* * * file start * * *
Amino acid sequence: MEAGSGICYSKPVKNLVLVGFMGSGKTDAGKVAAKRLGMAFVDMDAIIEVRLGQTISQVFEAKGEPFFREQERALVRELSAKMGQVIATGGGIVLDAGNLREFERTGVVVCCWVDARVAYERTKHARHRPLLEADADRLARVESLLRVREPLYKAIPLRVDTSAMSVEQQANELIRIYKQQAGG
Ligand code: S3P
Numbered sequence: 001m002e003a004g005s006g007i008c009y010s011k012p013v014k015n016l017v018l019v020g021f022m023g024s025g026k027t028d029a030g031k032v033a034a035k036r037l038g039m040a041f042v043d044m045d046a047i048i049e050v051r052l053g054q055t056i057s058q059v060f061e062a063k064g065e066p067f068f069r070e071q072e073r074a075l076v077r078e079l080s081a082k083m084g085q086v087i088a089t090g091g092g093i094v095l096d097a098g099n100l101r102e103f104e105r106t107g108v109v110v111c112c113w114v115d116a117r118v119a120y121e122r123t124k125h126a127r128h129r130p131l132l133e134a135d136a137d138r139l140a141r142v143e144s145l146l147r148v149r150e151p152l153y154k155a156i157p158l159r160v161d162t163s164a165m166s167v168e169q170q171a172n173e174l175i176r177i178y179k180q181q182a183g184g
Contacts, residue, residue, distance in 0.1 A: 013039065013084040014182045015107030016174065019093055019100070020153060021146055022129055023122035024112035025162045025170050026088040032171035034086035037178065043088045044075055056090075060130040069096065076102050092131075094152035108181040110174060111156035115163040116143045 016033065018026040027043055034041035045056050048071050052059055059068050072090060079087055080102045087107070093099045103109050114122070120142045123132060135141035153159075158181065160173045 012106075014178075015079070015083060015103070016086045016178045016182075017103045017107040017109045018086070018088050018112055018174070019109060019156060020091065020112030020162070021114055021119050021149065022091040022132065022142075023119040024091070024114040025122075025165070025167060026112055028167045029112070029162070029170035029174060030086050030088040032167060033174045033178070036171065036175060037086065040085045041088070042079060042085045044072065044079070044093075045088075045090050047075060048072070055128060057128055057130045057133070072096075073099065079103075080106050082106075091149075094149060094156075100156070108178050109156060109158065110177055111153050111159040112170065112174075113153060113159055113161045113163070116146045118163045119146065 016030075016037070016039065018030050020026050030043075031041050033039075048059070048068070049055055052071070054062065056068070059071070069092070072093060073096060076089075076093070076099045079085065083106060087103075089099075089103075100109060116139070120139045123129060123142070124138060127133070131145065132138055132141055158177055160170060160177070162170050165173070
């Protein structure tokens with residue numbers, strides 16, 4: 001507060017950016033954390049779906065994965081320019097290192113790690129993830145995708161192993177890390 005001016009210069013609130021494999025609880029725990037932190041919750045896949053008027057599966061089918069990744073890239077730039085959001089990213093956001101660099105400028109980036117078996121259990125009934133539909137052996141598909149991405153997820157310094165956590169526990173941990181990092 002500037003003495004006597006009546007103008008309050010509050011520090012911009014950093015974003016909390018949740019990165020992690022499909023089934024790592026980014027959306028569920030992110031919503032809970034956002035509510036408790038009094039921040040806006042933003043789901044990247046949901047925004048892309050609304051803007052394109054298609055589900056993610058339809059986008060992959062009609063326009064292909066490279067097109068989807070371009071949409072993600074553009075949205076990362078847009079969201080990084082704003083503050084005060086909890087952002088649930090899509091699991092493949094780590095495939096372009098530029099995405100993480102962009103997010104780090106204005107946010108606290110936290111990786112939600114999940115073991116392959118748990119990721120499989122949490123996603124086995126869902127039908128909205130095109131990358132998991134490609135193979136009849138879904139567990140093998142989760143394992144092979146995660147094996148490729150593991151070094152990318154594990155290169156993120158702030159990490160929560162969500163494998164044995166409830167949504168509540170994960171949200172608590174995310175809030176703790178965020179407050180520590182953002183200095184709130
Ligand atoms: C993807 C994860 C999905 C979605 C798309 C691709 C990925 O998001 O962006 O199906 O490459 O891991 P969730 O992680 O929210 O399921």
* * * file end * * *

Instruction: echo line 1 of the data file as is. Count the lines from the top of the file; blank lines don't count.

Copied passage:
Amino acid sequence: MEAGSGICYSKPVKNLVLVGFMGSGKTDAGKVAAKRLGMAFVDMDAIIEVRLGQTISQVFEAKGEPFFREQERALVRELSAKMGQVIATGGGIVLDAGNLREFERTGVVVCCWVDARVAYERTKHARHRPLLEADADRLARVESLLRVREPLYKAIPLRVDTSAMSVEQQANELIRIYKQQAGG